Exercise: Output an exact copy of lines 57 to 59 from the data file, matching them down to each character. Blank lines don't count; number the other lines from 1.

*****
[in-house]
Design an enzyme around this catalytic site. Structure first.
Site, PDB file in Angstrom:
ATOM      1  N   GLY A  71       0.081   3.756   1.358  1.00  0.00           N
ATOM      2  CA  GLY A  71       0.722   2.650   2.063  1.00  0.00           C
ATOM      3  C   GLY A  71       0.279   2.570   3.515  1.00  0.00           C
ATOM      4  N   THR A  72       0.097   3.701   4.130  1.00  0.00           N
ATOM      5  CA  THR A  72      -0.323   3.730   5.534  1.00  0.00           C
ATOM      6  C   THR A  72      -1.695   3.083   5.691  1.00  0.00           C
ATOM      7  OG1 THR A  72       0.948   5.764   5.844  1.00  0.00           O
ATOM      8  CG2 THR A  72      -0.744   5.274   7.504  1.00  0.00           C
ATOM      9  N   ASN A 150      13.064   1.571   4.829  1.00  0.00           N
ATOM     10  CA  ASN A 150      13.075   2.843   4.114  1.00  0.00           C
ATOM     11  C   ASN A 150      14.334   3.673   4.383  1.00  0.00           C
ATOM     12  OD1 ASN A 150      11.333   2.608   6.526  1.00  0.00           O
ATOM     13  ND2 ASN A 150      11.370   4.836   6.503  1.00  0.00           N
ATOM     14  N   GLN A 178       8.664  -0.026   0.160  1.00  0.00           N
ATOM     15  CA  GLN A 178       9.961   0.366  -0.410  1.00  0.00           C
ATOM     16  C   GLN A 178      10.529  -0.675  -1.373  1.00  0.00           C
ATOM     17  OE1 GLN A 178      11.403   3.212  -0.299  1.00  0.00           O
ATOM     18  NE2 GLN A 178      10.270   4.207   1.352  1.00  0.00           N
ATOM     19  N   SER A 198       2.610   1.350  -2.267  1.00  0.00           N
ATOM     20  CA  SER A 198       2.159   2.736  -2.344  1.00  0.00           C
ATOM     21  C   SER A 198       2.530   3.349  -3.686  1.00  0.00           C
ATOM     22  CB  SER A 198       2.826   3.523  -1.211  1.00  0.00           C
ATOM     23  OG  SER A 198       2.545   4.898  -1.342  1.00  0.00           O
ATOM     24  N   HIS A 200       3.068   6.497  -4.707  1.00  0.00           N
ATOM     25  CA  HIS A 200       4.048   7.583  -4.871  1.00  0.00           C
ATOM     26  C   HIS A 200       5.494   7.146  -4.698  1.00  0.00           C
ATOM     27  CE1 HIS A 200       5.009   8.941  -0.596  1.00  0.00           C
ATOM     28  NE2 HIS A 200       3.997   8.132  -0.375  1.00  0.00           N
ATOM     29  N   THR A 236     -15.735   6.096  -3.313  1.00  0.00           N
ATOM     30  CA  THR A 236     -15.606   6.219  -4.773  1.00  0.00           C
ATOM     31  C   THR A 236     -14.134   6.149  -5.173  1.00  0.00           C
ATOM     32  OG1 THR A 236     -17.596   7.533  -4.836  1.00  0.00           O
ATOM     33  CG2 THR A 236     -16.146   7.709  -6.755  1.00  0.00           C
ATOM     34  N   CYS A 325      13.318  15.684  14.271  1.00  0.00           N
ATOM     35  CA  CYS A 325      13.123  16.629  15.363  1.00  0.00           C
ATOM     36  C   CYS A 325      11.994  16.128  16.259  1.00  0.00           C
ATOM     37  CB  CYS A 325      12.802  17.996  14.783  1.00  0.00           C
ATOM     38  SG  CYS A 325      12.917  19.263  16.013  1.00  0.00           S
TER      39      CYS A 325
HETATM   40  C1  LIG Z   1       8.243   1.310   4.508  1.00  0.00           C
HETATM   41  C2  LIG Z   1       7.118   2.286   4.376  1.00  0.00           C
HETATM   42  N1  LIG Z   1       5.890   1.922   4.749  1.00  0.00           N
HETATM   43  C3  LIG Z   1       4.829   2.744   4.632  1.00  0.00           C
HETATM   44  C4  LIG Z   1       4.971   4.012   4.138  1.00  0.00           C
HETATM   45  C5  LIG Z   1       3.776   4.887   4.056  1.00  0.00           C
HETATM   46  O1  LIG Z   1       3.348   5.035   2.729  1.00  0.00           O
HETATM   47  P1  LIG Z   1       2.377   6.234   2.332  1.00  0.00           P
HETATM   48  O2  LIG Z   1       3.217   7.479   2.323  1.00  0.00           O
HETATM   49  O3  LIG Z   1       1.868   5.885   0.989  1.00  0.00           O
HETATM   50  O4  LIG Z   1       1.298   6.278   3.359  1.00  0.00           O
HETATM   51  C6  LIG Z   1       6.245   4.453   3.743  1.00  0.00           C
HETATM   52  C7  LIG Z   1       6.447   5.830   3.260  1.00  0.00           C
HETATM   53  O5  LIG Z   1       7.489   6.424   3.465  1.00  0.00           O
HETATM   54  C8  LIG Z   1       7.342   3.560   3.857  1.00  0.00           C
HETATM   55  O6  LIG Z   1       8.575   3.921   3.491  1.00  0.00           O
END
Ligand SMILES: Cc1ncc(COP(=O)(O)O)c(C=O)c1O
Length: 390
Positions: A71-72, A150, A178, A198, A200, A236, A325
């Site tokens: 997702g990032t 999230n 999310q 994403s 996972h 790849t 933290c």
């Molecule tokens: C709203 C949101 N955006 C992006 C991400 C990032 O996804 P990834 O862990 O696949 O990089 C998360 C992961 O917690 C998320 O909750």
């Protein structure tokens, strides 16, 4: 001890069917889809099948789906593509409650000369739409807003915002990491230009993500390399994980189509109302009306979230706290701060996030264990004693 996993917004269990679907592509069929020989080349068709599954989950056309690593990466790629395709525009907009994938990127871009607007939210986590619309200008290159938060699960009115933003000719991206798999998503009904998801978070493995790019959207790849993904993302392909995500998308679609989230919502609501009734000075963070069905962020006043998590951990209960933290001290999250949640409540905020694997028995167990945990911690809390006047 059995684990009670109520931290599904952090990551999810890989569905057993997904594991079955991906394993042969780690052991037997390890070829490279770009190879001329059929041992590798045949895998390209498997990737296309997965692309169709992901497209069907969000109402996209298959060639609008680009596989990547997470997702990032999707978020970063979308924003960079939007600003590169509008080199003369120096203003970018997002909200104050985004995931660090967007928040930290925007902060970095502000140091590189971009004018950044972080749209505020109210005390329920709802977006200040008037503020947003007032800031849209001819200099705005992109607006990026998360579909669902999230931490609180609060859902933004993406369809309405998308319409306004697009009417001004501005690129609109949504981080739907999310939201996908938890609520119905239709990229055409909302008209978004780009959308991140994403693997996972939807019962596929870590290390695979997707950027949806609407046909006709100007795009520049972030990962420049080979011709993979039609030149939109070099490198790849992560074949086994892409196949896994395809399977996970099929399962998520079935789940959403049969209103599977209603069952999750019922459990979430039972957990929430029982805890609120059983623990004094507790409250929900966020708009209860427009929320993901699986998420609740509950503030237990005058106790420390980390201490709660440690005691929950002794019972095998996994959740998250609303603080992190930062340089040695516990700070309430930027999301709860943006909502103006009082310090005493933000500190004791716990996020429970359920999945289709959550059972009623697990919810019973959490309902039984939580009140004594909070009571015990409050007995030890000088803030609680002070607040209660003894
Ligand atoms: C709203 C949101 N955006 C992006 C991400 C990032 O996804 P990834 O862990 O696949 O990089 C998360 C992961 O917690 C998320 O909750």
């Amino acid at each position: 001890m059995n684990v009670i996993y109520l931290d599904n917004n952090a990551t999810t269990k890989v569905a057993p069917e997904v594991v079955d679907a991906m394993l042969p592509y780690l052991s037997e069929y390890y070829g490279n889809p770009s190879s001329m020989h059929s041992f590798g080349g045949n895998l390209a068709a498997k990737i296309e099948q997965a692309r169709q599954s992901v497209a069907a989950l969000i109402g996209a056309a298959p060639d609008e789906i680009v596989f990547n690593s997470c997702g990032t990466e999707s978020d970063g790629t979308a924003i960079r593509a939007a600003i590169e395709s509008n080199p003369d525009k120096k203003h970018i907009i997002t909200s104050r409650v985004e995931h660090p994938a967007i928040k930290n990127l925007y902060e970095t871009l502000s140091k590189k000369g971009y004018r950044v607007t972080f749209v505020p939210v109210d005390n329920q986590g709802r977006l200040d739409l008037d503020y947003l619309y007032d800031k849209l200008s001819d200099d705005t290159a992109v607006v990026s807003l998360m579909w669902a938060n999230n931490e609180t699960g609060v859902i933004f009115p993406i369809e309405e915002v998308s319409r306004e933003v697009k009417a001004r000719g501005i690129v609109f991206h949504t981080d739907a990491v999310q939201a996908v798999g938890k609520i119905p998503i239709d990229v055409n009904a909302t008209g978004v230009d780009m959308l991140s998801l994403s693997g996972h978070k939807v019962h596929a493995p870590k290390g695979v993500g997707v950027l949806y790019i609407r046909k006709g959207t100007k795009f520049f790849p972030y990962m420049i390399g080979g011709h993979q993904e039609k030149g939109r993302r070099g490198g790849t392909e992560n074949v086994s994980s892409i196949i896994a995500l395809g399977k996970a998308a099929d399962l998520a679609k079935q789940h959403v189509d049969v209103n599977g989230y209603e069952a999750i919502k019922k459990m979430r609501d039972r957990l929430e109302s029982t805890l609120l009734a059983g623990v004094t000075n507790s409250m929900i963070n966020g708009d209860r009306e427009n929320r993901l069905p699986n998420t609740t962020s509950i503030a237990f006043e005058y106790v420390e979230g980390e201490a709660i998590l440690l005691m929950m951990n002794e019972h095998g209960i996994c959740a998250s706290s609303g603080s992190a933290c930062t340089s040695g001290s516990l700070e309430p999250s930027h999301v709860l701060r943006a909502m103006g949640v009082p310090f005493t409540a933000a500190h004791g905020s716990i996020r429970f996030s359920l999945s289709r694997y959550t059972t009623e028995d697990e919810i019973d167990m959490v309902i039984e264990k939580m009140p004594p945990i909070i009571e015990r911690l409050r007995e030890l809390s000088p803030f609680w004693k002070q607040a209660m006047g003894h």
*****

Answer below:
HETATM   54  C8  LIG Z   1       7.342   3.560   3.857  1.00  0.00           C
HETATM   55  O6  LIG Z   1       8.575   3.921   3.491  1.00  0.00           O
END